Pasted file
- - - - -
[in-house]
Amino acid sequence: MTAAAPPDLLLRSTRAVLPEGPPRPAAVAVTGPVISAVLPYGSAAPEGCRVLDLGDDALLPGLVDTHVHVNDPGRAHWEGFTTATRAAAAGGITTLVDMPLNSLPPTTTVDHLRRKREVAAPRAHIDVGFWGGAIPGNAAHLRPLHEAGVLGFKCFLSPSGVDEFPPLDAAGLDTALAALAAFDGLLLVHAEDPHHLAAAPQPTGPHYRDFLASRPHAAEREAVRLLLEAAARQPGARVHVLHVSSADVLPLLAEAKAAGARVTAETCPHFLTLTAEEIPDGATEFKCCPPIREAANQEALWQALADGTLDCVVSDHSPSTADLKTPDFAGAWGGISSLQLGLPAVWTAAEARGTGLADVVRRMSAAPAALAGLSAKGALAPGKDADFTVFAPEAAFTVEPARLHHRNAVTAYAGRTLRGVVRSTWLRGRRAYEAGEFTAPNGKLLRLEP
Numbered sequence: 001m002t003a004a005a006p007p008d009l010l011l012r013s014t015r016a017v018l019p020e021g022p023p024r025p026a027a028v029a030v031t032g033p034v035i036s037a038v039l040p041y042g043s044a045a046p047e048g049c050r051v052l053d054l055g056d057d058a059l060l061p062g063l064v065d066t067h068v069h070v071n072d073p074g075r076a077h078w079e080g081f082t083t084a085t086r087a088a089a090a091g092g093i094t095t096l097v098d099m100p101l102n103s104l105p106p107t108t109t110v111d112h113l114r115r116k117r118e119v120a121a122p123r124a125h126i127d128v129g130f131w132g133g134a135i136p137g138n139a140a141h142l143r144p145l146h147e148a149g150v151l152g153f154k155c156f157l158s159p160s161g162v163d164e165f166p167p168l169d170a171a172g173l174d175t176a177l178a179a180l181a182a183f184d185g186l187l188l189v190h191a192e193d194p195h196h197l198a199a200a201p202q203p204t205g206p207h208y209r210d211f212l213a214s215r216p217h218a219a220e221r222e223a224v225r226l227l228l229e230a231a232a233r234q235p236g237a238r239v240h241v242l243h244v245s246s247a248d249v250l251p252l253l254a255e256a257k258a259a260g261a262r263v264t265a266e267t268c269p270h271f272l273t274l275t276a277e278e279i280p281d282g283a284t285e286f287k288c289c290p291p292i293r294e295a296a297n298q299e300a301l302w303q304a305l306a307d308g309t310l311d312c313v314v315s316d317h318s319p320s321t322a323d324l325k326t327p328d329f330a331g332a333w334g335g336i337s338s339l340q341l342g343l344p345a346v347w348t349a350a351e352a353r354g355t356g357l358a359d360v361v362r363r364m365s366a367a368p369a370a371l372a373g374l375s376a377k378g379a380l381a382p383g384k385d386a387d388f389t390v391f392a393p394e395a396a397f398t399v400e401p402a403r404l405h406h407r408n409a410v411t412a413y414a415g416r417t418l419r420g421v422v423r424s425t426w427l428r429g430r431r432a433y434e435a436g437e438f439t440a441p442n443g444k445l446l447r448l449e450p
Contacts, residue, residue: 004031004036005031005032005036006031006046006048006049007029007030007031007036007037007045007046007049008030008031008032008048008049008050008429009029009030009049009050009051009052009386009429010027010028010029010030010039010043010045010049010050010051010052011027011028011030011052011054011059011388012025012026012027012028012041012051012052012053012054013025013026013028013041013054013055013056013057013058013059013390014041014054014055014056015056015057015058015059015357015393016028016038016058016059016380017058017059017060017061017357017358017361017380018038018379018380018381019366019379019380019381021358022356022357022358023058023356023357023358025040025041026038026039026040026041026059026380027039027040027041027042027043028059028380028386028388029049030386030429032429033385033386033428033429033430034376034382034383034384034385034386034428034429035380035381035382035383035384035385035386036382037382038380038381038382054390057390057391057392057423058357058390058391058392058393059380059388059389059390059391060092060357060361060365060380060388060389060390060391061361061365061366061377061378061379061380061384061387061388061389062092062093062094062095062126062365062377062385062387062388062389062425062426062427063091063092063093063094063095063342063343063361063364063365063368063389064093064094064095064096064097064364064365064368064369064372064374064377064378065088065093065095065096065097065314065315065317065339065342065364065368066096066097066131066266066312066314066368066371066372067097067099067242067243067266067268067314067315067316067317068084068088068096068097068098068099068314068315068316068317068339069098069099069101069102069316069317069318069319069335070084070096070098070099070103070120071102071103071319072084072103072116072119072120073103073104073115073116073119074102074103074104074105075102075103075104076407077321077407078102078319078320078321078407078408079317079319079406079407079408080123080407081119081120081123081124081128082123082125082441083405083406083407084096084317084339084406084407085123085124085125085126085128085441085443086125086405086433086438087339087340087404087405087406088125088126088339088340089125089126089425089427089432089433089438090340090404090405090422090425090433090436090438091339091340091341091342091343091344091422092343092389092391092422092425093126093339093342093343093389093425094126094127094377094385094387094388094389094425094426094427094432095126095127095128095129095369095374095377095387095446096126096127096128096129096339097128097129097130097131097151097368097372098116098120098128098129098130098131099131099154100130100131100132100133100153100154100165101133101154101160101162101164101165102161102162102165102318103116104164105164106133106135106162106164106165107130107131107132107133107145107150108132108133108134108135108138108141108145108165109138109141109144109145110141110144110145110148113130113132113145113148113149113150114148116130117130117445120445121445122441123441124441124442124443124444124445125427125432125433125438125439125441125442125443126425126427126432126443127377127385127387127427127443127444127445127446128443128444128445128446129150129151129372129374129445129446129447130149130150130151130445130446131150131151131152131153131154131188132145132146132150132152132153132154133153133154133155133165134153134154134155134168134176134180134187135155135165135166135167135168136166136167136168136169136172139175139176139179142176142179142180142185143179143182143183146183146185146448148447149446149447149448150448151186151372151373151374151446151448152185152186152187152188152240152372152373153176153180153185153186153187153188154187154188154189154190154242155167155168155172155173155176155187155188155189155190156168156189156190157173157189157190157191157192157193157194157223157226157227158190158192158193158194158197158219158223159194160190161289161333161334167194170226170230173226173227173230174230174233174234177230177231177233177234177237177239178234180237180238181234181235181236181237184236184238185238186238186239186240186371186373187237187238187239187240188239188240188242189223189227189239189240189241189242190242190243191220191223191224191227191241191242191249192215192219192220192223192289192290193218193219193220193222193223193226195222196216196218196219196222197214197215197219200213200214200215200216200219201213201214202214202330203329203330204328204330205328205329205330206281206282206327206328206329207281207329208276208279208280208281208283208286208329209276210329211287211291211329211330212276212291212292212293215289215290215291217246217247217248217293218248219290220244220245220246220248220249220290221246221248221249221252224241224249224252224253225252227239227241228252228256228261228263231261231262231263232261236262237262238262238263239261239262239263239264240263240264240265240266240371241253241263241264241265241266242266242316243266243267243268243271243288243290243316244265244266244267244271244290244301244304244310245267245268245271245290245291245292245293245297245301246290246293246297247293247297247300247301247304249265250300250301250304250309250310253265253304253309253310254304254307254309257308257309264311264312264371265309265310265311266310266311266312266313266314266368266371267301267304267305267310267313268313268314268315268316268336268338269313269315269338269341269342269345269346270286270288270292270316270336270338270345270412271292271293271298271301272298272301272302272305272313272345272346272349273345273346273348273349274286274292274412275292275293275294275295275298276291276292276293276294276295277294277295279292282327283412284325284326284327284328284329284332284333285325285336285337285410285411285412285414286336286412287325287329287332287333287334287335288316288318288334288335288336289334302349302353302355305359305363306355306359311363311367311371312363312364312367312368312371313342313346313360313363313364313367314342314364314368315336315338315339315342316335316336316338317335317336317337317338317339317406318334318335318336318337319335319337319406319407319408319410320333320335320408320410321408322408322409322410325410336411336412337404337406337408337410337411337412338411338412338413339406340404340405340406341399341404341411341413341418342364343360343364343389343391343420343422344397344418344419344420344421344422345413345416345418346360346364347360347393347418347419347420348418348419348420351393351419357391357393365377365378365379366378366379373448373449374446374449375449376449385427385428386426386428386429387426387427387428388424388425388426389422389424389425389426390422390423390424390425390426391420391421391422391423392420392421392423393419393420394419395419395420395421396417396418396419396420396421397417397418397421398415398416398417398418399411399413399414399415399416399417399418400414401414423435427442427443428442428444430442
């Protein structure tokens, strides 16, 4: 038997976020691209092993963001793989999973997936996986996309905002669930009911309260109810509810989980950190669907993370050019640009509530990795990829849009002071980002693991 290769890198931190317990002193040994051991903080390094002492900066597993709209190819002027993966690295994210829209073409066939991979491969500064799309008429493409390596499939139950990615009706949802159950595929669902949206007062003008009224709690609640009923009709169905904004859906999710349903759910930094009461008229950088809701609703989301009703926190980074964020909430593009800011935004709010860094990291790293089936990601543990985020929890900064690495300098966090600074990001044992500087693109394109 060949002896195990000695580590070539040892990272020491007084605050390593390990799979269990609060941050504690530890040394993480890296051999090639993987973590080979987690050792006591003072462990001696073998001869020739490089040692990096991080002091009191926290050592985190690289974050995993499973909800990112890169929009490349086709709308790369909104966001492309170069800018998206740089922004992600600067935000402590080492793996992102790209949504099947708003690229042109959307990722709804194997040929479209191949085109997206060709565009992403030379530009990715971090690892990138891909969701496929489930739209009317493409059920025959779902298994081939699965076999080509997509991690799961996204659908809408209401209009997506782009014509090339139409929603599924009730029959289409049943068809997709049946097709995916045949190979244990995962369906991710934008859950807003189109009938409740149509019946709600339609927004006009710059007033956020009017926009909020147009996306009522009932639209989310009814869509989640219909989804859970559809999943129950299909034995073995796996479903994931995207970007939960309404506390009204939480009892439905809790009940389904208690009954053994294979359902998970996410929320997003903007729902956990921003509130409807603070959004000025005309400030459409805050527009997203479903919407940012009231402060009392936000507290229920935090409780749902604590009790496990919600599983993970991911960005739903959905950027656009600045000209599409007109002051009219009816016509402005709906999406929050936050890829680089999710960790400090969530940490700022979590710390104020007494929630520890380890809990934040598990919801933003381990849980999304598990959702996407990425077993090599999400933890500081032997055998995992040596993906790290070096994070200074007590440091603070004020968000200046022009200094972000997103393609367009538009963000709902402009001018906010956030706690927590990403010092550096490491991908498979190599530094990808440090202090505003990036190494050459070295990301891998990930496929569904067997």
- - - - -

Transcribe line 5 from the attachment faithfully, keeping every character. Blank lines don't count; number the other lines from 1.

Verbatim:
């Protein structure tokens, strides 16, 4: 038997976020691209092993963001793989999973997936996986996309905002669930009911309260109810509810989980950190669907993370050019640009509530990795990829849009002071980002693991 290769890198931190317990002193040994051991903080390094002492900066597993709209190819002027993966690295994210829209073409066939991979491969500064799309008429493409390596499939139950990615009706949802159950595929669902949206007062003008009224709690609640009923009709169905904004859906999710349903759910930094009461008229950088809701609703989301009703926190980074964020909430593009800011935004709010860094990291790293089936990601543990985020929890900064690495300098966090600074990001044992500087693109394109 060949002896195990000695580590070539040892990272020491007084605050390593390990799979269990609060941050504690530890040394993480890296051999090639993987973590080979987690050792006591003072462990001696073998001869020739490089040692990096991080002091009191926290050592985190690289974050995993499973909800990112890169929009490349086709709308790369909104966001492309170069800018998206740089922004992600600067935000402590080492793996992102790209949504099947708003690229042109959307990722709804194997040929479209191949085109997206060709565009992403030379530009990715971090690892990138891909969701496929489930739209009317493409059920025959779902298994081939699965076999080509997509991690799961996204659908809408209401209009997506782009014509090339139409929603599924009730029959289409049943068809997709049946097709995916045949190979244990995962369906991710934008859950807003189109009938409740149509019946709600339609927004006009710059007033956020009017926009909020147009996306009522009932639209989310009814869509989640219909989804859970559809999943129950299909034995073995796996479903994931995207970007939960309404506390009204939480009892439905809790009940389904208690009954053994294979359902998970996410929320997003903007729902956990921003509130409807603070959004000025005309400030459409805050527009997203479903919407940012009231402060009392936000507290229920935090409780749902604590009790496990919600599983993970991911960005739903959905950027656009600045000209599409007109002051009219009816016509402005709906999406929050936050890829680089999710960790400090969530940490700022979590710390104020007494929630520890380890809990934040598990919801933003381990849980999304598990959702996407990425077993090599999400933890500081032997055998995992040596993906790290070096994070200074007590440091603070004020968000200046022009200094972000997103393609367009538009963000709902402009001018906010956030706690927590990403010092550096490491991908498979190599530094990808440090202090505003990036190494050459070295990301891998990930496929569904067997």